Office Space: Tips and Tricks for Scripting Microsoft Office Applications
Welcome to Office Space, the new column that offers tips and tricks for scripting Microsoft Office applications. We’ll post new tips every Tuesday and Thursday; to see an archive of previous tips, visit the Office Space Archive. And if you have particular questions about Microsoft Office scripting, feel free to send them to firstname.lastname@example.org (in English, if possible). We can’t promise to answer all the questions we receive, but we’ll do our best.
Inserting a Formula into an Excel Spreadsheet
When one of the Scripting Guys was working at a university, an administrative assistant there used to do her monthly budget reports in Excel. She would dutifully type in all the information, then take out her calculator and add up all the numbers. When it was pointed out to her that she could create simple little formulas and let Excel do all the calculating for her, she was stunned: she had no idea Excel could do things like that.
Note. Of course, this same person once went several months without using PowerPoint. When she needed to put together a presentation, she called and asked if PowerPoint would still work after sitting so long without being used.
The rest of you have no such excuse: you now know that Excel can do calculations for you. What you might not know, however, is how to programmatically insert a formula into a spreadsheet. But hey, is this your lucky day or what? By the time you finish reading this column, you’ll know how to do that, too.
Actually, you might be surprised how easy it is to programmatically insert a formula into a spreadsheet. For example, here’s a simple little script that opens up an instance of Excel and then types some numbers into cells A1, A2, A3, and A4. In cells A6, A7, A8, and A9, the script then inserts formulas that calculate, respectively, the sum of the numbers; the smallest number (minimum); the largest number (maximum); and the average of the four numbers:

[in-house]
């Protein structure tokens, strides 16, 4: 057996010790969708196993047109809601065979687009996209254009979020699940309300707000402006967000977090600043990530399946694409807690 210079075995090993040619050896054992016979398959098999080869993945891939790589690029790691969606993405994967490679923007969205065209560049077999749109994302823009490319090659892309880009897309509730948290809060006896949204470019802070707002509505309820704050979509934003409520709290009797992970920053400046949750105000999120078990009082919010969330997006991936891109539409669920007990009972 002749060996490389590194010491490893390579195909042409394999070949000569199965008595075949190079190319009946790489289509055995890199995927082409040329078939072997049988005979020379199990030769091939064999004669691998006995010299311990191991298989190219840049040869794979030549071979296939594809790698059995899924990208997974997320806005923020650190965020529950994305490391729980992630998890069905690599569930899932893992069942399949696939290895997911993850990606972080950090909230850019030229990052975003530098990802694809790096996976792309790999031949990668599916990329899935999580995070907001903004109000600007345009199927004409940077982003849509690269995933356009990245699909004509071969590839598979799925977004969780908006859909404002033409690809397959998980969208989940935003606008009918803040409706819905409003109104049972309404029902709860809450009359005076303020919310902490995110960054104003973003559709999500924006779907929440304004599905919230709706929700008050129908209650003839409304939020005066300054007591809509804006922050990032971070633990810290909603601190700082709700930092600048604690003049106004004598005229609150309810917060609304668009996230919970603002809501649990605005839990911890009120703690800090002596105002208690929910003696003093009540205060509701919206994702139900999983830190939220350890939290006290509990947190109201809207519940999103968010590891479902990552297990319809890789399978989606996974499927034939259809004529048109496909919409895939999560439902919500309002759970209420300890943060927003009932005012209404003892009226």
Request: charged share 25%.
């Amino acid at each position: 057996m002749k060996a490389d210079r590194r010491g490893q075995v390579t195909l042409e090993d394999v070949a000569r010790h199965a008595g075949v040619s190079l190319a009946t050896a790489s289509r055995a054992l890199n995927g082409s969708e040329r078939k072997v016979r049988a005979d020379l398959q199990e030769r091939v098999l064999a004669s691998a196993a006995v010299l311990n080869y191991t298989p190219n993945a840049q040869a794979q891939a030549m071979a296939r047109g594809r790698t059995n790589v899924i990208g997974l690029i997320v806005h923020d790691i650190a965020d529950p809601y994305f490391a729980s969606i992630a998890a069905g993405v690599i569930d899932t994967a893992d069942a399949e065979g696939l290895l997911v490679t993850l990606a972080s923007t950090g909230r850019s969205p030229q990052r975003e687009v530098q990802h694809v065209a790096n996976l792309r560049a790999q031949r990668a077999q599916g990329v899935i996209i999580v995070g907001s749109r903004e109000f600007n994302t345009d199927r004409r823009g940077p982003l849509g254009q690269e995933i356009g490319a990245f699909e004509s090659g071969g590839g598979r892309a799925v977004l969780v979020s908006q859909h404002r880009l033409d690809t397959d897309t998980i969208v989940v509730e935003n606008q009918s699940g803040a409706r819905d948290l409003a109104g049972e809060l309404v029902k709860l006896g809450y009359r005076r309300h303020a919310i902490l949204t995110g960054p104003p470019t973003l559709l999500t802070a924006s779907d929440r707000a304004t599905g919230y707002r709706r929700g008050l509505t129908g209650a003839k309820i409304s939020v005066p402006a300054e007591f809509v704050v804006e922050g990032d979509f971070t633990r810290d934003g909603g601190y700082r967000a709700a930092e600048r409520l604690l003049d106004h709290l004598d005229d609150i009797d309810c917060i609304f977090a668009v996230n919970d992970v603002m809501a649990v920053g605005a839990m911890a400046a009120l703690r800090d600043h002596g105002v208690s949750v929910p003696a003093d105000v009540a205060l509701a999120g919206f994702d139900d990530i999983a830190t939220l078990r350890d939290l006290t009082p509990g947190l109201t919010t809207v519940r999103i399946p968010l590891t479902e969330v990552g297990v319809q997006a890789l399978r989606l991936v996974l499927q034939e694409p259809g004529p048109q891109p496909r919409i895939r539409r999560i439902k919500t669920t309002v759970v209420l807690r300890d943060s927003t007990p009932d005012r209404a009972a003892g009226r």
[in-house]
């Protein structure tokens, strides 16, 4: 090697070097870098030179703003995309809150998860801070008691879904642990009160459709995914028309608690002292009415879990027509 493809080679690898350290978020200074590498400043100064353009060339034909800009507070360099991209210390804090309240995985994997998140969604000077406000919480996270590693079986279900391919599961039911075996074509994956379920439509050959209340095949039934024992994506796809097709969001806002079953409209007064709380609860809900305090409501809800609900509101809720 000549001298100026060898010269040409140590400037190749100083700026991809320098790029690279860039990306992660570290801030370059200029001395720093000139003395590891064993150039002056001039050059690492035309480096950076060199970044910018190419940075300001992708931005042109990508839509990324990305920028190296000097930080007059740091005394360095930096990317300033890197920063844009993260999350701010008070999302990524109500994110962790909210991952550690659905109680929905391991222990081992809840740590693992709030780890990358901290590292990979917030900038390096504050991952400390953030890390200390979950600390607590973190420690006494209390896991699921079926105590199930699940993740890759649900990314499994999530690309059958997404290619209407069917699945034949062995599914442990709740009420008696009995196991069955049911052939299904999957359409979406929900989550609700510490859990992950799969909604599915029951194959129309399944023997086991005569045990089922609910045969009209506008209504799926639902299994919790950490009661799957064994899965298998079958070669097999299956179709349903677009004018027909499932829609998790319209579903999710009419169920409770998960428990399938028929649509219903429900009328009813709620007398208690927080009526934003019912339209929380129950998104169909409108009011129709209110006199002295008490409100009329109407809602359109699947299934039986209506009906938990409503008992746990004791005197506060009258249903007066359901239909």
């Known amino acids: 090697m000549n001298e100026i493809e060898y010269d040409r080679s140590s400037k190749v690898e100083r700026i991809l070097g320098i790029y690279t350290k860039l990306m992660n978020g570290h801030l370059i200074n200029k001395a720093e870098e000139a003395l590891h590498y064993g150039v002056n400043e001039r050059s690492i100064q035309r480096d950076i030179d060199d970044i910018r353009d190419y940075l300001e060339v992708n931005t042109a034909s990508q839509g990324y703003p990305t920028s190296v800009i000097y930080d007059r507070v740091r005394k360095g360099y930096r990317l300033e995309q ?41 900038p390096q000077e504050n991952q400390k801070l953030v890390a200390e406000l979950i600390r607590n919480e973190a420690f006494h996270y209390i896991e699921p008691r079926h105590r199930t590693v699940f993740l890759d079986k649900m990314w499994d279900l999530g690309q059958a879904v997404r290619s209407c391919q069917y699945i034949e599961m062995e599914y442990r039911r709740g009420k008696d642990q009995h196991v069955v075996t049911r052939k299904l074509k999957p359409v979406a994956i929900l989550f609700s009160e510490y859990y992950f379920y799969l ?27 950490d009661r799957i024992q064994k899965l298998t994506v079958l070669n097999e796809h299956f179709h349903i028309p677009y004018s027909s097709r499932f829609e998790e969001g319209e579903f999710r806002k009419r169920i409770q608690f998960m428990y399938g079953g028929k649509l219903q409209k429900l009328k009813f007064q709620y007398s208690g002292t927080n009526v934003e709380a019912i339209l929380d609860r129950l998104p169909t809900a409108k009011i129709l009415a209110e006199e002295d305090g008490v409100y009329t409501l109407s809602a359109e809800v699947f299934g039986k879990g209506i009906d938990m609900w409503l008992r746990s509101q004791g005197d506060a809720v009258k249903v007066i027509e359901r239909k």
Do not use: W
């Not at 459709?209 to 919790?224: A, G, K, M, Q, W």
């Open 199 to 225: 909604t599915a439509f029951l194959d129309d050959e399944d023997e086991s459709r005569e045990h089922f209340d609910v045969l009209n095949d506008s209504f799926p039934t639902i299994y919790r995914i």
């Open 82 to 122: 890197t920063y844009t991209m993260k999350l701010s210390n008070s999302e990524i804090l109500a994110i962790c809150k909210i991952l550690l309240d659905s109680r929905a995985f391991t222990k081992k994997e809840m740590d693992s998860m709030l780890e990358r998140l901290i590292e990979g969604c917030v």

Set objExcel = CreateObject("Excel.Application") objExcel.Visible = True Set objWorkbook = objExcel.Workbooks.Add() Set objWorksheet = objWorkbook.Worksheets(1) objExcel.Cells(1, 1).Value = 11 objExcel.Cells(2, 1).Value = 54 objExcel.Cells(3, 1).Value = 32 objExcel.Cells(4, 1).Value = 55 objExcel.Cells(6, 1).Formula = "=SUM(A1:A4)" objExcel.Cells(7, 1).Formula = "=MIN(A1:A4)" objExcel.Cells(8, 1).Formula = "=MAX(A1:A4)" objExcel.Cells(9, 1).Formula = "=AVERAGE(A1:A4)"
As you can see, adding a formula by using a script is remarkably similar to adding a formula by hand. If you’re typing away in Excel and want to add a formula, you simply click on the cell and then type in the formula:
You do almost exactly the same thing when writing a script: you select the cell in question and then set the value of the Formula property to the very same formula you would type in if you were doing this by hand. Thus to insert a formula into cell A6 you use code like this:
objExcel.Cells(6, 1).Formula = "=SUM(A1:A4)"
Yes, it’s that easy. Here’s what the finished product looks like, in all its glory:
Incidentally, if you ever want to know if a specific cell has a formula you can create a Range object representing that cell and then check the value of the HasFormula property:
Set objRange = objExcel.Cells(7, 1) Wscript.Echo objRange.HasFormula
In this case, if cell A7 has a formula the value True (-1) will be returned; if it doesn’t, the value False (0) will be returned.
Here’s another little tip for you. Formulas expect cell addresses to be in the A1 format; however, you typically assign values and formulas using the row column format: (7, 1). Here’s a way to get the A1-style address for a given cell:
Set objRange = objExcel.Cells(7, 1) Wscript.Echo objRange.Address(False, False)
What does it all mean? Hey, you’ve had enough excitement for one day; we’ll talk about cell addresses in a future column.